Obstetrician Role in Increasing Patient's Access to Cord Blood
Each year, more than 12,000 patients in the U.S. are diagnosed with life-threatening diseases such as leukemia, sickle cell anemia, and certain genetic diseases, and their best or only hope of a cure is a blood stem cell transplant. Umbilical cord blood, which is typically discarded, is rich with blood-forming cells that can give these patients a potential cure by serving as donor cells to rescue the blood forming system in a blood or bone marrow transplant.
Currently, the Be The Match Registry® provides access to nearly 185,000 cord blood units and 10.5 million potential adult donors, as well as additional potential donors and cord blood units on international registries. In 2012, The NMDP facilitated nearly 1,200 umbilical cord blood transplants, and has facilitated more than 7,000 total umbilical cord blood transplants since 2000, when the organization first began using cord blood as a cell source.
Because a cord blood unit does not need to match as closely as marrow or peripheral blood stem cells, cord blood transplants are a good option for patients with uncommon tissue types who do not have a closely matched adult donor. In 2012, 39 percent of all minority recipients received cord blood transplants. This is important to people with racially and ethnically diverse backgrounds that tend to have a more difficult time finding a matched donor. Because it’s stored and readily available, cord blood is particularly useful for patients with an urgent need for a transplant.
Obstetricians are uniquely positioned to educate their patients on the importance of cord blood donation, evaluate prospective donors, as well as collect high quality cord blood units.
Currently, obstetricians lack awareness of the importance of discussing cord blood donation with prospective patients, thus impeding women from donating their baby's cord blood to a public bank. In addition, a large percentage of cord blood units that are collected, do not qualify for banking. Cord blood banks have reported challenges related to obstetrician cord blood collections. According to the Parent’s Guide to Cord Blood, between 50 – 75% of donations are discarded. The primary reason is that the collection volume is too small.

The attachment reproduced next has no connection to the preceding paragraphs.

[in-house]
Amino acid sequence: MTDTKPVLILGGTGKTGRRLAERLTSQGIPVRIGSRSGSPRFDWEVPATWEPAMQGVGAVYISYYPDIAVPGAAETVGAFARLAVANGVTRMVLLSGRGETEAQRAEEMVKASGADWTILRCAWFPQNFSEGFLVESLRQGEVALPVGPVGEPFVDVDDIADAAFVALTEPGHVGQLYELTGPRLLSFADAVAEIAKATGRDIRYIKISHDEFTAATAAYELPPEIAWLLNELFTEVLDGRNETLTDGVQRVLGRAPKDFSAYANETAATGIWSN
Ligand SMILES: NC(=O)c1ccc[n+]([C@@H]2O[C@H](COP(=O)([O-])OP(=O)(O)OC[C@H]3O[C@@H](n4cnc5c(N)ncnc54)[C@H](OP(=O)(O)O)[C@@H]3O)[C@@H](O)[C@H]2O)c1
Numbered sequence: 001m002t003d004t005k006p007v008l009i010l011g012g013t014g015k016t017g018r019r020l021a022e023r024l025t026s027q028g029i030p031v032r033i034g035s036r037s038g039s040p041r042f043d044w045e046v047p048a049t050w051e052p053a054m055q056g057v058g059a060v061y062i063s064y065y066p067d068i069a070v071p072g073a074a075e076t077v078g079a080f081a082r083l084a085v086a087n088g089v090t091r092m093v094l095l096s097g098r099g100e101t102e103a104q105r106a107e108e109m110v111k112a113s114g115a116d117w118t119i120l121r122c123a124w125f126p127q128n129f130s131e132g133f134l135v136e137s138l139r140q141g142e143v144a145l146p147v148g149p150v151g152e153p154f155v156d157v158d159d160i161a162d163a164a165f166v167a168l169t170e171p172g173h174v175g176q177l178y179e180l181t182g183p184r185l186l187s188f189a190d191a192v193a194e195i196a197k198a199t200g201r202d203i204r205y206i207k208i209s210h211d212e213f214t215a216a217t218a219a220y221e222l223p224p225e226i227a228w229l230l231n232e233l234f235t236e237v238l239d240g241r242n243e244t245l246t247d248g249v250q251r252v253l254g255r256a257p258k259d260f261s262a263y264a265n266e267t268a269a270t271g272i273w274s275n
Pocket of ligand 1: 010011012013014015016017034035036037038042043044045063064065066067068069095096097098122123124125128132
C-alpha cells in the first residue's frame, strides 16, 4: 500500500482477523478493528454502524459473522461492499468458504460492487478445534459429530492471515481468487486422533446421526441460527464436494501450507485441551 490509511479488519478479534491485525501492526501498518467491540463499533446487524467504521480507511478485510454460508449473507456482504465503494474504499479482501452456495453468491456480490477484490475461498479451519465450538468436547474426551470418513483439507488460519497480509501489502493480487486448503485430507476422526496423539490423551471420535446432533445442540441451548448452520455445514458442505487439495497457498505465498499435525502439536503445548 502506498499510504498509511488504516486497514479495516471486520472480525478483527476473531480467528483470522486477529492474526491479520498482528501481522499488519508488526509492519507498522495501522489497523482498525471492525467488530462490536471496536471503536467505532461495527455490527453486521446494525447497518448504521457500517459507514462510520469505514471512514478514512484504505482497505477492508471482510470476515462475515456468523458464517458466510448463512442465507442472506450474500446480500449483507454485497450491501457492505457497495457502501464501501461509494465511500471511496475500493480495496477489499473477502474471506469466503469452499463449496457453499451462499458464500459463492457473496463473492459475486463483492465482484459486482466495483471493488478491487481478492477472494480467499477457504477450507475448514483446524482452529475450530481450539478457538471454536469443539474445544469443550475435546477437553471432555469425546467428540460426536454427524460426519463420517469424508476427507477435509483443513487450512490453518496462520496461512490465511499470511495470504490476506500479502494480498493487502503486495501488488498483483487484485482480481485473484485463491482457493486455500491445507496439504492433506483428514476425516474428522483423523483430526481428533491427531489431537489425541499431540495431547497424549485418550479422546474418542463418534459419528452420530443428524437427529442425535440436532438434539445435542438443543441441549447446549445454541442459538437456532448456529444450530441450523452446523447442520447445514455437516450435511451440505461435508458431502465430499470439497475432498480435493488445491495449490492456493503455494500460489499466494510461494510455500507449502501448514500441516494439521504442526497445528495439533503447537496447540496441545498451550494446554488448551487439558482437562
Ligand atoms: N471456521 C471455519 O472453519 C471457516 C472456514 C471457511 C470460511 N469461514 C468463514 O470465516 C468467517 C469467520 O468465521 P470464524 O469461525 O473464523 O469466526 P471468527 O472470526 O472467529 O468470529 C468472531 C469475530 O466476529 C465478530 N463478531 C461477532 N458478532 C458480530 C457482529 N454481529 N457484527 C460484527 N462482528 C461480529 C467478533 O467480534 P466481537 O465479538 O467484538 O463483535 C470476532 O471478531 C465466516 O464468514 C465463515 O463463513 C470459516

As efforts to increase the national inventory of publicly available cord blood units moves forward, it is imperative that obstetricians have a better understanding in the role of helping parents decide to donate, as well as training in the proper collection procedures and processes.
While research indicates that obstetricians are generally familiar with the utility of donated cord blood in transplantation, they could benefit from additional information regarding how cord blood is used in transplantation. Data from a 2011 Transfusion publication indicated that while 80% of affiliated obstetricians feel confident discussing cord blood options with their patients, less than half (49%) indicated that they have insufficient knowledge of cord blood donation to effectively answer patients’ questions about donation.
Hours of Participation for Allied Health Care Professionals
The Medical College of Wisconsin designates this activity for up to 1 hours of participation for continuing education for allied health professionals.
- Family Practitioners
At the conclusion of this activity, I will be able to:
- Identify the utility of cord blood units in the field of unrelated donor hematopoietic stem cell transplantation.
- Describe the role of the obstetrician in educating and evaluating appropriate patients for umbilical cord blood donation.
- Cite best practices for in-utero collection of umbilical cord blood to maximize the quality and volume of a cord blood collection
- 1.00 AMA PRA Category 1 Credit(s)™AMA PRA Category 1 Credit(s)™
- 1.00 Hours of ParticipationHours of Participation credit.